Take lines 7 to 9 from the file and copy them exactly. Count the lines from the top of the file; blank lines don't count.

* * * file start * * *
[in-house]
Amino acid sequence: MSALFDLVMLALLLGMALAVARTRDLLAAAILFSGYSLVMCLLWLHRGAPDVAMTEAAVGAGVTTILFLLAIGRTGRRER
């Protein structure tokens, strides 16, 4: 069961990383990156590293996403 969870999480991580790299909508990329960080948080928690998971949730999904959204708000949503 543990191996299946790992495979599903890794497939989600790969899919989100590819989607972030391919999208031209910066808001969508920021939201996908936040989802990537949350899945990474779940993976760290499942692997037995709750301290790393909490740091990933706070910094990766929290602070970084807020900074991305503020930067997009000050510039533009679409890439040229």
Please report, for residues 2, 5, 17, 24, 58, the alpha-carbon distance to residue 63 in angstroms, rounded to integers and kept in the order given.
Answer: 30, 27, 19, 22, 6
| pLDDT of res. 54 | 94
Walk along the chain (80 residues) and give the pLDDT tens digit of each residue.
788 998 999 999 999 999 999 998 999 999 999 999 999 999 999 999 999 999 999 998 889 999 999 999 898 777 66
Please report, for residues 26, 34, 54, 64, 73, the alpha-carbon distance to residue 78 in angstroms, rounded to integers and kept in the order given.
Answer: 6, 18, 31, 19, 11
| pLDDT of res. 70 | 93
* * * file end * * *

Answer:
Walk along the chain (80 residues) and give the pLDDT tens digit of each residue.
788 998 999 999 999 999 999 998 999 999 999 999 999 999 999 999 999 999 999 998 889 999 999 999 898 777 66
Please report, for residues 26, 34, 54, 64, 73, the alpha-carbon distance to residue 78 in angstroms, rounded to integers and kept in the order given.